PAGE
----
Real Racing 3 Review: Free and awesome

 
It’s absolutely insane that I can play something the caliber of Real Racing 3 on my phone and tablet. Years ago, I never would have dreamed of playing something with the quality of console game on a cell phone. Man, have times changed. We’ve certainly come a long way since the days of Snake on a Nokia, haven’t we?
 
RR3 is a major triumph in every way. It’s visuals are absolutely stunning, though on a larger screen like my Samsung Galaxy Tab 10.1’s, the jagged edges are somewhat more pronounced. The gameplay works perfectly for a mobile sim racer, especially when you consider that sim racers are best played with a wheel and pedal setup so you can feel the grip of the tires and bumps in the road. Basically, everything points to a full sim racer NOT working on a mobile device; yet here it works, and it works really damn well.
 

 
Going back to the point I made about sim racers needing to be played with a wheel setup; a second factor also plays into the controls: touchscreens. It’s no secret that I despise touchscreen controls. I hate them. I know there’s really no way around it, but I hate the feeling of a sweaty, smudgy finger begin dragged around my screen, and the loss of any tactile feedback. I just hate it.
 
With RR3, you have a number of control options. The one I chose to use is the default, which involves tilt steering (assisted steering off, assisted braking off, traction control on), automatic acceleration, and manual braking represented by a floating brake pedal on screen. There other ones you can play around with which add a floating accelerator and even a virtual steering wheel, but which scheme works best is completely up to you. Maybe you don’t care about mashing your fingers all over the screen and would prefer a virtual wheel; that’s your call.
 
[quote_right]It’s gorgeous. I was surprised to be driving through the tutorial level and see light reflections playing off the car models. Very cool indeed.[/quote_right]While the game probably would be shooting itself in the foot if it made the car handling as exact a science as it is in a full console/PC sim racer, RR3 does an admirable job of distancing itself from something like Need For Speed: Most Wanted for mobile devices. Both games use tilt steering and a similar control scheme, but it’s clear right off the bat that in one, you can wrench your hands from side to side as hard as you want and go into a nice controlled drift, and in the other if you do the same thing, you will spin out. To the best of its ability, RR3 makes you drive as you would in real life.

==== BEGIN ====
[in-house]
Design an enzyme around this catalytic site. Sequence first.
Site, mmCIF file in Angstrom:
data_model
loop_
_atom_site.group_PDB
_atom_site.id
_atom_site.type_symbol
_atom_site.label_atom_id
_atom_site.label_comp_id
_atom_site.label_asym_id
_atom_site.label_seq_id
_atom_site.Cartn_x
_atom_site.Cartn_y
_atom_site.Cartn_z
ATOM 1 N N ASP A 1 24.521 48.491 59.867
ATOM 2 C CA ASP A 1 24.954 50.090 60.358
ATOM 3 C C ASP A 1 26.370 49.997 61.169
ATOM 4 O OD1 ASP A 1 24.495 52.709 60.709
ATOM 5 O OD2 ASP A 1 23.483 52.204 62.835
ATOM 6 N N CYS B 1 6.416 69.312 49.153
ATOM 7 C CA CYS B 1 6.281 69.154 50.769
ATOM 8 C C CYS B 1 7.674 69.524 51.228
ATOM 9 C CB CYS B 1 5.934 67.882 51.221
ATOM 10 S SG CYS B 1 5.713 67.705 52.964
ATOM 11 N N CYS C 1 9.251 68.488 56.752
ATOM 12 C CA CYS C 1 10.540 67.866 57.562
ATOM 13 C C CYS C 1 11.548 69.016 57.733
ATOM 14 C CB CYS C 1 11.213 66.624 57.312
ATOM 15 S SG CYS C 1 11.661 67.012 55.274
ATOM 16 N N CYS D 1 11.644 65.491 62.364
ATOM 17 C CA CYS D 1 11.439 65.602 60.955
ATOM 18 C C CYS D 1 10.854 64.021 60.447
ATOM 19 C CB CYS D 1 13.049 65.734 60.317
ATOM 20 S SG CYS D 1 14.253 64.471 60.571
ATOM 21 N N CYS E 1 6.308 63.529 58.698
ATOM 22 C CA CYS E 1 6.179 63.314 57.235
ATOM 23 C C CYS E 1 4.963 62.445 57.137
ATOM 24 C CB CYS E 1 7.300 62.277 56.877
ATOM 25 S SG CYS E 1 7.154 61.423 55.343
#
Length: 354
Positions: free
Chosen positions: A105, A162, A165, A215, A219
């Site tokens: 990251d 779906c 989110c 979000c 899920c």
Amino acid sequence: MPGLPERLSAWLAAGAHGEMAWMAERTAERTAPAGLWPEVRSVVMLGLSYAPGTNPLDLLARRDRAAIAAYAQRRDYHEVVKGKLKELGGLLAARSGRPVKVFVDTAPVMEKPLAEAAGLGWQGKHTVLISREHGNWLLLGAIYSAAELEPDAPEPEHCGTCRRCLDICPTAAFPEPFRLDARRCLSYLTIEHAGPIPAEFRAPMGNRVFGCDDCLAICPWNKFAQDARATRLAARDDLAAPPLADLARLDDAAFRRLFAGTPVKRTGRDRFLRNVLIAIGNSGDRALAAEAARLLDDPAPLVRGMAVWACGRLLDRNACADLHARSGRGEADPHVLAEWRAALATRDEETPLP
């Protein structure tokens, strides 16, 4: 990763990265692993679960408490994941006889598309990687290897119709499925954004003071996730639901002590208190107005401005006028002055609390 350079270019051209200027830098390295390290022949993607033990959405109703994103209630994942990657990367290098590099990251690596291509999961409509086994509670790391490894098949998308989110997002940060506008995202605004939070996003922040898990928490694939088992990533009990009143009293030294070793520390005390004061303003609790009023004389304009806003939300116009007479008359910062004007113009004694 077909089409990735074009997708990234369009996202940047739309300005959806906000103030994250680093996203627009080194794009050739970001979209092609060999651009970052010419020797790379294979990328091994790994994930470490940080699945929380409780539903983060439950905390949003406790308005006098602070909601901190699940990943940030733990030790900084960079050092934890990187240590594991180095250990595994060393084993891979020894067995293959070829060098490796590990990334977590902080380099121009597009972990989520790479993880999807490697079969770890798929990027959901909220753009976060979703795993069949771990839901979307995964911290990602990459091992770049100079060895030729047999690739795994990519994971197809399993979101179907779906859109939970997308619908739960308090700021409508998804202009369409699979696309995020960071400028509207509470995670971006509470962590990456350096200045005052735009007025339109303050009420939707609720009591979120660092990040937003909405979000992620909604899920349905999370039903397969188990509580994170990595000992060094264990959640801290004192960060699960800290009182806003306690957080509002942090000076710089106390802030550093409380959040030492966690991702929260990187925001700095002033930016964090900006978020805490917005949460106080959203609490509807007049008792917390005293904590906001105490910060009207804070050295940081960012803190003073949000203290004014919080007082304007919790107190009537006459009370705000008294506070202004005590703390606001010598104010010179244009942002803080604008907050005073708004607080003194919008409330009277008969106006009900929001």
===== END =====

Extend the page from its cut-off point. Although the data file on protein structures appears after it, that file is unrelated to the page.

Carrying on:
This means you are not hitting a corner at 100 MPH and simply sliding through and continuing along your merry way. It means you are not engaging in a game of bumper cars with everyone else on the track. It means there is no nitro button to mash and go rocketing through the level.
 
Graphically, the game is gorgeous. I would say it is on par with something the likes of Gran Turismo 4, but since everything is on a small screen, it’s harder to pick out the pixilation. It’s gorgeous; I was surprised to be driving through the tutorial level and see light reflections playing off the car models. Very cool indeed.